Credit cards for low credit scores or if you don’t have a credit score in Canada

If you're looking to rebuild your credit score or are building it from scratch, there are a few types of credit cards that you may be able to qualify for:

• Secured credit cards

If you want to build or improve your credit history, for example if you're new to Canada or have bad credit, you could consider a secured credit card. With a secured card, you’d need to deposit a security amount equal to your credit limit plus a percentage determined by the financial institution. Although you can't use the deposit to pay your balance, you'll get it back when you close your account in good standing or if the lender approves the release of the security. 

Making timely payments will gradually boost your credit score, eventually opening doors to unsecured cards or other credit options. While secured cards may lack extra benefits, they prioritize credit building over perks like travel rewards. If you’re new to Canada, take a look at credit card options offered by the Scotiabank StartRight Program.

• Credit builder credit cards

Some credit cards could help you build your credit score, there are the next step up from secured credit cards. They typically don't offer opportunities to earn rewards or have cashback options. They also tend to come with a lower credit limit. As with other credit cards, a credit builder credit card, could help you with starting a good track record of repayment to boost your credit score. Some credit card issuers offer sign-up perks, like no interest for a limited time after opening the account.  If you’re considering a lower interest credit card, take a look at our Scotiabank Value® Visa* Card

• Store and affiliated credit cards

Store and affiliate credit cards are credit cards that are affiliated with another organization, such as a department store or an alumni association or a third party’s rewards program

An example of this type of card is the Scotiabank Scene+ Visa Card – which is affiliated with the Scene+ rewards programs.

These cards can also have additional benefits. The Scotiabank Scene+ Visa credit card, for example, has no annual fee, and you can earn and redeem points on all purchases with the ability to earn more points at all eligible partner stores.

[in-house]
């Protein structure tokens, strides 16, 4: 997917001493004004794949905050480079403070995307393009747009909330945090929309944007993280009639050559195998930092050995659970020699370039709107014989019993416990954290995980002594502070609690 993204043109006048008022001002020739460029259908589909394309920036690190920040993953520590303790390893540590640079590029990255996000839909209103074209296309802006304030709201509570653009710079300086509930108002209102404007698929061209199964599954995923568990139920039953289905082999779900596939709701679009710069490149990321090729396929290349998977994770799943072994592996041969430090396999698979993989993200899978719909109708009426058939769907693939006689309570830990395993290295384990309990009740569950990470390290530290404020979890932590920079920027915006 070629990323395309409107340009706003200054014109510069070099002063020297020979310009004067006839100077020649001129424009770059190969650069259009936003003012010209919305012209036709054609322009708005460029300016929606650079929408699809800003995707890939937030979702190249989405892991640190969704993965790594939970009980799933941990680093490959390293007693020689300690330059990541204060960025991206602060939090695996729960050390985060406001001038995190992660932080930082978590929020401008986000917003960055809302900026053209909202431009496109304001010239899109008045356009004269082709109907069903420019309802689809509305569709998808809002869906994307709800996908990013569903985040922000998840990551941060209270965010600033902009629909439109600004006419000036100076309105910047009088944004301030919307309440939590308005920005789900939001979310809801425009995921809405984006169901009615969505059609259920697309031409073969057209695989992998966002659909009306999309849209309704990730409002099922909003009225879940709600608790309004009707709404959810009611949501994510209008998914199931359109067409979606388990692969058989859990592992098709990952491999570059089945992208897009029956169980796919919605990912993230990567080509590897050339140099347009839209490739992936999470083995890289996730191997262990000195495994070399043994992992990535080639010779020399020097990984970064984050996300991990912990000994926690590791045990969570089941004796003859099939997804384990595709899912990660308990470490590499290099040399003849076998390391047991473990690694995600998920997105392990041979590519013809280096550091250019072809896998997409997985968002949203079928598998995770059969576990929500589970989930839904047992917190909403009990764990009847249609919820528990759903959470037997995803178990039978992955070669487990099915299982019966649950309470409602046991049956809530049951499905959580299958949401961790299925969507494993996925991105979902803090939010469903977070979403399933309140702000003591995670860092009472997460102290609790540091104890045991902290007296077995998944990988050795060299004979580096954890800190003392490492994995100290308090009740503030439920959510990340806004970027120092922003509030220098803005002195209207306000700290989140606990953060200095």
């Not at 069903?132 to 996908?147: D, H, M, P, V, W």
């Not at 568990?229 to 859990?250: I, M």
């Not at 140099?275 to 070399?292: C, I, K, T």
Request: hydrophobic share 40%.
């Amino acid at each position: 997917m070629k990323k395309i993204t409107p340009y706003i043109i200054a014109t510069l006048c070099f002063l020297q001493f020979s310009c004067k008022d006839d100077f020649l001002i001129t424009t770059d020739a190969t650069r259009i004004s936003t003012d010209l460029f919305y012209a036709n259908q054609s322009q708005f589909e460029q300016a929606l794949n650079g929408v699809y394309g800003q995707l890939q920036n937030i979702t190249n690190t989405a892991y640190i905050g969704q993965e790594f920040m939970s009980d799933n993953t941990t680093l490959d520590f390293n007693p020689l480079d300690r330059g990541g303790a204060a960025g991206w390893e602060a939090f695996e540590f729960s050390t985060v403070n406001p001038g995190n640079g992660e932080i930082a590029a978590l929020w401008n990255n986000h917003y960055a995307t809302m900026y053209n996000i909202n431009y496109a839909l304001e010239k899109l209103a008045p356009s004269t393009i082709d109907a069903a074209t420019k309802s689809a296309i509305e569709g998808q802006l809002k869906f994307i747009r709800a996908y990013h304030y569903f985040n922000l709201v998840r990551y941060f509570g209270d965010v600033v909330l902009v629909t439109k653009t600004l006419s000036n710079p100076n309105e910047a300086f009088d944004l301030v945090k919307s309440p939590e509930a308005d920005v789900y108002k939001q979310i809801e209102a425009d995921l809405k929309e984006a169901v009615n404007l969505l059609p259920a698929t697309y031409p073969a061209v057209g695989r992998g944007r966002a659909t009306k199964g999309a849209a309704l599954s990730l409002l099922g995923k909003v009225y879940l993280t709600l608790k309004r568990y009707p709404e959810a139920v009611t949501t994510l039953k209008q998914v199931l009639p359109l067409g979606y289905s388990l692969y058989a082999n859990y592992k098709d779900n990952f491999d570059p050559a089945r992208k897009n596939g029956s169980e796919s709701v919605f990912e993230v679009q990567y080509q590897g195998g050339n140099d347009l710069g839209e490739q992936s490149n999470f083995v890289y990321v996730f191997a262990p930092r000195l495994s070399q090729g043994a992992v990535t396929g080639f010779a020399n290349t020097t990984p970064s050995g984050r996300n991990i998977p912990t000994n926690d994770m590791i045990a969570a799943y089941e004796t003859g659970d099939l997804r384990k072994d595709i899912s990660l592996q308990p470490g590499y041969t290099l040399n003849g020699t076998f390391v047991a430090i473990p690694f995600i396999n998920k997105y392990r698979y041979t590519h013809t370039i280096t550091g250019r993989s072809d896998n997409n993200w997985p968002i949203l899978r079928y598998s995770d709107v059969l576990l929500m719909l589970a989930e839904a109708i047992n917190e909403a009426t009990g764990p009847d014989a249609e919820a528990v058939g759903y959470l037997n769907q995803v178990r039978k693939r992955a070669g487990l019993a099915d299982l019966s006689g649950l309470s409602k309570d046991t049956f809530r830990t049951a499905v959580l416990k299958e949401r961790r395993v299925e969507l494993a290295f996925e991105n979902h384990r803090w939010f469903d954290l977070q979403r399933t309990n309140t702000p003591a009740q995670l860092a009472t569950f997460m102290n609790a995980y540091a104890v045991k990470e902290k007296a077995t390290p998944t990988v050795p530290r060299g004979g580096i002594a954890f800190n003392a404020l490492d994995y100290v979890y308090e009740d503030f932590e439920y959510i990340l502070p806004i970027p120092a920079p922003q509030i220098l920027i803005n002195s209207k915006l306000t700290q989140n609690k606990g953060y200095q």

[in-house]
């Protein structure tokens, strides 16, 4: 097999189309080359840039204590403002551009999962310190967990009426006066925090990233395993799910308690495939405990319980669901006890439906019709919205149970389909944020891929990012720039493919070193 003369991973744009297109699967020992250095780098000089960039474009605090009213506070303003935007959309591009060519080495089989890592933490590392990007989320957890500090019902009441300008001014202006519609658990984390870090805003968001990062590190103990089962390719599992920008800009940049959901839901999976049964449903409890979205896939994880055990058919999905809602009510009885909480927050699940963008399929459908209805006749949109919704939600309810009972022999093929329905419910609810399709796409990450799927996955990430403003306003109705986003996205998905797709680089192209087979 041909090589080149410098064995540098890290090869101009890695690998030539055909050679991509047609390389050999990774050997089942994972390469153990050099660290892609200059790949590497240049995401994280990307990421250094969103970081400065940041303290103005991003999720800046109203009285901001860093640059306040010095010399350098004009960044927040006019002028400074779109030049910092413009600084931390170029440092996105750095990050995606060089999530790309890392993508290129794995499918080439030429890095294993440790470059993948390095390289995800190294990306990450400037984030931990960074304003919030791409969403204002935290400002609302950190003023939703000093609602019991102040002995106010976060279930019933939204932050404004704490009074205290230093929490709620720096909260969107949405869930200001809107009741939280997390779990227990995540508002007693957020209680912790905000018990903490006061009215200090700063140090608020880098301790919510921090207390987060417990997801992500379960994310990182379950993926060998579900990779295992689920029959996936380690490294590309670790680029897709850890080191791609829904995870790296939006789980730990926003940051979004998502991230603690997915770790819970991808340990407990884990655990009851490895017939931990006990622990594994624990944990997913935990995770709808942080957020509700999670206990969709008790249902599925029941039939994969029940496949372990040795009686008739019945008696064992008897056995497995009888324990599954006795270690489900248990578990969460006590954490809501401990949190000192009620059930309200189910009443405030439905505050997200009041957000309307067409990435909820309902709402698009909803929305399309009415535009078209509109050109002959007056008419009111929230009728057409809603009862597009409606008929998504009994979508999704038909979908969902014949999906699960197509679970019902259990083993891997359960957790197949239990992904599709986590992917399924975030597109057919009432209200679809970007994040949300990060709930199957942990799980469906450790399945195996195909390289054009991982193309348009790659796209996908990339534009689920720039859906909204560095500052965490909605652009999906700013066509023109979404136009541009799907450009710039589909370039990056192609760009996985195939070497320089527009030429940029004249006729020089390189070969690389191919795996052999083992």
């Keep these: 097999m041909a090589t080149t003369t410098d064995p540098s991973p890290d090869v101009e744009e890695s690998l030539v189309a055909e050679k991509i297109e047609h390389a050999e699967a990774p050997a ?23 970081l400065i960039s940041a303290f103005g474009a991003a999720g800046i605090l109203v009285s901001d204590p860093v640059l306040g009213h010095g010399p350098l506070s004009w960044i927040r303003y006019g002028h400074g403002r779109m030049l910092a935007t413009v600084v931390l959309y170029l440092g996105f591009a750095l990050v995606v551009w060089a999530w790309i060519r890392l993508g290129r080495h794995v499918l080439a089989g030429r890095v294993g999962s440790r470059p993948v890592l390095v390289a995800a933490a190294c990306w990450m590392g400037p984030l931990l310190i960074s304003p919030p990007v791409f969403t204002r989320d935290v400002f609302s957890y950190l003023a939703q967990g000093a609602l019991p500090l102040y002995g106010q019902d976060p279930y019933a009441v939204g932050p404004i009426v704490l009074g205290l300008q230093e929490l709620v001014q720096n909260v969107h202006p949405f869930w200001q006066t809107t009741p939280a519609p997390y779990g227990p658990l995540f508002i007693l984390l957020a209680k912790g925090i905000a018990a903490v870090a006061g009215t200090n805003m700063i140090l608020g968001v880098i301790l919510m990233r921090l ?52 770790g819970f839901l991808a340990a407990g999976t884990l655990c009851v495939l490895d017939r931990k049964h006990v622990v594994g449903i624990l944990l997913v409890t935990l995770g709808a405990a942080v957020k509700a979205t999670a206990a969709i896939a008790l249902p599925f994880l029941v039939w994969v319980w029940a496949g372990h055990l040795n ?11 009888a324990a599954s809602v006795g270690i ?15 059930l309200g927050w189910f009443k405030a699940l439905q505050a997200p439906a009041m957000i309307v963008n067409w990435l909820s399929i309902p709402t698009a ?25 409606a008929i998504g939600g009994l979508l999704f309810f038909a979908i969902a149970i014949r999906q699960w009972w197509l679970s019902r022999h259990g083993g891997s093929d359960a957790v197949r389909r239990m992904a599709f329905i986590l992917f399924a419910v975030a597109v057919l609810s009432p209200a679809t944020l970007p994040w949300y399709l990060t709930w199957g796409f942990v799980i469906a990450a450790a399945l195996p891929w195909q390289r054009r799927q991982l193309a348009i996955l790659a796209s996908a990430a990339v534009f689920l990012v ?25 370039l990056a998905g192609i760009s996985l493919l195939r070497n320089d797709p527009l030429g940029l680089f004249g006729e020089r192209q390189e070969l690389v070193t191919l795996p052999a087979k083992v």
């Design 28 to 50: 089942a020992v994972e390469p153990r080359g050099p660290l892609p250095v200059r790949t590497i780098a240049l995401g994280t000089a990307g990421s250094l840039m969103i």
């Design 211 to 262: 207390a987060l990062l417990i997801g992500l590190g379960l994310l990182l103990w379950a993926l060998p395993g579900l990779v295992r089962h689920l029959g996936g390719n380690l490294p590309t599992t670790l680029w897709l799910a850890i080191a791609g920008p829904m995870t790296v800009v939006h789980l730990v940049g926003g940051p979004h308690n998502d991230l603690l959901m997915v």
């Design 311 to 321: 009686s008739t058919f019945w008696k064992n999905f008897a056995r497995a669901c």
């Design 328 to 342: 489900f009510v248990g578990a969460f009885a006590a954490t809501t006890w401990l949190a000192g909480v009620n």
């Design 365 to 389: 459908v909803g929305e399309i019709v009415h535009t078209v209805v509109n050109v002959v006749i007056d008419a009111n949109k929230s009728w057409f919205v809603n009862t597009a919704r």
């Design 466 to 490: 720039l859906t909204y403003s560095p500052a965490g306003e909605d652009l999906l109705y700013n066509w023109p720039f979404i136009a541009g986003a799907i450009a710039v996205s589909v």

• Credit cards for students

Credit card issuers often design credit cards specifically for people who might have a lower credit score. There are lots of options for credit cards for students studying at a post-secondary institution in Canada.

While this group often doesn't have a credit score, credit card issuers want to help students get their first credit cards to start building their credit history. If you're in college or university, you could consider applying for credit before you graduate as it's harder after you do if you have no credit history. For example, the Scotiabank® Scene+™ Visa* Card could be a good fit for students building out their credit scores. 

• Credit cards for newcomers

Another group that credit card companies often make a credit score exception for is newcomers. Since your credit score doesn't follow you to another country, all new arrivals in Canada start with no credit score — regardless of how great their credit score might have been in their original country. Scotiabank's StartRight Program has resources for newcomers, including information on credit card products available.

It can be easier to get a credit card for a newcomer, and start building credit in Canada, if they have a job lined up. If you're moving to Canada, there are a few things you can prepare ahead of time to set you up for success in a new country.

How to improve your credit score

Credit cards can be a great way to build credit. Because you have to make payments every month, you can quickly create a track record of on-time payments. That may help you start building or improving your credit history.

Here are some other suggestions for building and improving your credit score:

Make payments on time

Making your payments on time is a key part of improving your credit score — and this applies to all of the bills you pay (including your cellphone, and other bills), but especially those that report payments to a credit bureau.